–801.
21
Oliveira, S.A., Scott, W.K., Martin, E.R., Nance, M.A., Watts, R.L., Hubble, J.P., Koller, W.C., Pahwa, R., Stern, M.B., Hiner, B.C. et al. (
2003
) Parkin mutations and susceptibility alleles in late-onset Parkinson's disease.
Ann. Neurol.
  ,
53
,
624
–629.
22
Nichols, W.C., Pankratz, N., Uniacke, S.K., Pauciulo, M.W., Halter, C., Rudolph, A., Conneally, P.M. and Foroud, T. (
2002
) Linkage stratification and mutation analysis at the parkin locus identifies mutation positive Parkinson's disease families.
J. Med. Genet.
  ,
39
,
489
–492.
23
Kann, M., Jacobs, H., Mohrmann, K., Schumacher, K., Hedrich, K., Garrels, J., Wiegers, K., Schwinger, E., Pramstaller, P.P., Breakefield, X.O. et al. (
2002
) Role of parkin mutations in 111 community-based patients with early-onset parkinsonism.
Ann. Neurol.
  ,
51
,
621
–625.
24
West, A., Periquet, M., Lincoln, S., Lucking, C.B., Nicholl, D., Bonifati, V., Rawal, N., Gasser, T., Lohmann, E., Deleuze, J.F. et al. (
2002
) Complex relationship between Parkin mutations and Parkinson disease.
Am. J. Med. Genet.
  ,
114
,
584
–591.
25
Hedrich, K., Marder, K., Harris, J., Kann, M., Lynch, T., Meija-Santana, H., Pramstaller, P.P., Schwinger, E., Bressman, S.B., Fahn, S. et al. (
2002
) Evaluation of 50 probands with early-onset Parkinson's disease for Parkin mutations.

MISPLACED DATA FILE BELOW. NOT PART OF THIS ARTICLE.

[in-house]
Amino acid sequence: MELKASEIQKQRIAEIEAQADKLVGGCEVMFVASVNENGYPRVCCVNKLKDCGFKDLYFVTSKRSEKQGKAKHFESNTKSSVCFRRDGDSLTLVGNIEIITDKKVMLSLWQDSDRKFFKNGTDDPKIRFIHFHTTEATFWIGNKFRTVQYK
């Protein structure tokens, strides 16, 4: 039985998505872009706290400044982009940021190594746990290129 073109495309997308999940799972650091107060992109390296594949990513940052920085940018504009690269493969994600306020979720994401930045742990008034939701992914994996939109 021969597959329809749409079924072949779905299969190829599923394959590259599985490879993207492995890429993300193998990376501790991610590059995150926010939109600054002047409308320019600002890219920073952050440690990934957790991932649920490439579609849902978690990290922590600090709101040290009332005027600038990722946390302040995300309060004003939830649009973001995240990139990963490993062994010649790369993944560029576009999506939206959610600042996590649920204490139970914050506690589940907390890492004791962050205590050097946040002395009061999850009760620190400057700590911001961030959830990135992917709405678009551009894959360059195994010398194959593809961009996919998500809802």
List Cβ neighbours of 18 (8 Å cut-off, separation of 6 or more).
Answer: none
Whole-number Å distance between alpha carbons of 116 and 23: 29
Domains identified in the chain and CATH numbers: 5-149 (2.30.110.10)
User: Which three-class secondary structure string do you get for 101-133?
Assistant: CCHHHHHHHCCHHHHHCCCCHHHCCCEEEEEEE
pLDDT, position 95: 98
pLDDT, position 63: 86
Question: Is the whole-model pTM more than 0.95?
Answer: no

Neurology
  ,
58
,
1239
–1246.
26
Lucking, C.B., Durr, A., Bonifati, V., Vaughan, J., De Michele, G., Gasser, T., Harhangi, B.S., Meco, G., Denefle, P., Wood, N.W. et al. (
2000
) Association between early-onset Parkinson's disease and mutations in the parkin gene. French Parkinson's Disease Genetics Study Group.
New Engl. J. Med.
  ,
342
,
1560
–1567.
27
Abbas, N., Lucking, C.B., Ricard, S., Durr, A., Bonifati, V., De Michele, G., Bouley, S., Vaughan, J.R., Gasser, T., Marconi, R. et al. (
1999
) A wide variety of mutations in the parkin gene are responsible for autosomal recessive parkinsonism in Europe. French Parkinson's Disease Genetics Study Group and the European Consortium on Genetic Susceptibility in Parkinson's Disease.
Hum. Mol. Genet.
  ,
8
,
567
–574.
28
Lucking, C.B., Abbas, N., Durr, A., Bonifati, V., Bonnet, A.M., de Broucker, T., De Michele, G., Wood, N.W., Agid, Y. and Brice, A. (
1998
) Homozygous deletions in parkin gene in European and North African families with autosomal recessive juvenile parkinsonism. The European Consortium on Genetic Susceptibility in Parkinson's Disease and the French Parkinson's Disease Genetics Study Group.
Lancet
  ,
352
,
1355
–1356.
29
Wintermeyer, P., Kruger, R., Kuhn, W., Muller, T., Woitalla, D., Berg, D., Becker, G., Leroy, E., Polymeropoulos, M., Berger, K. et al. (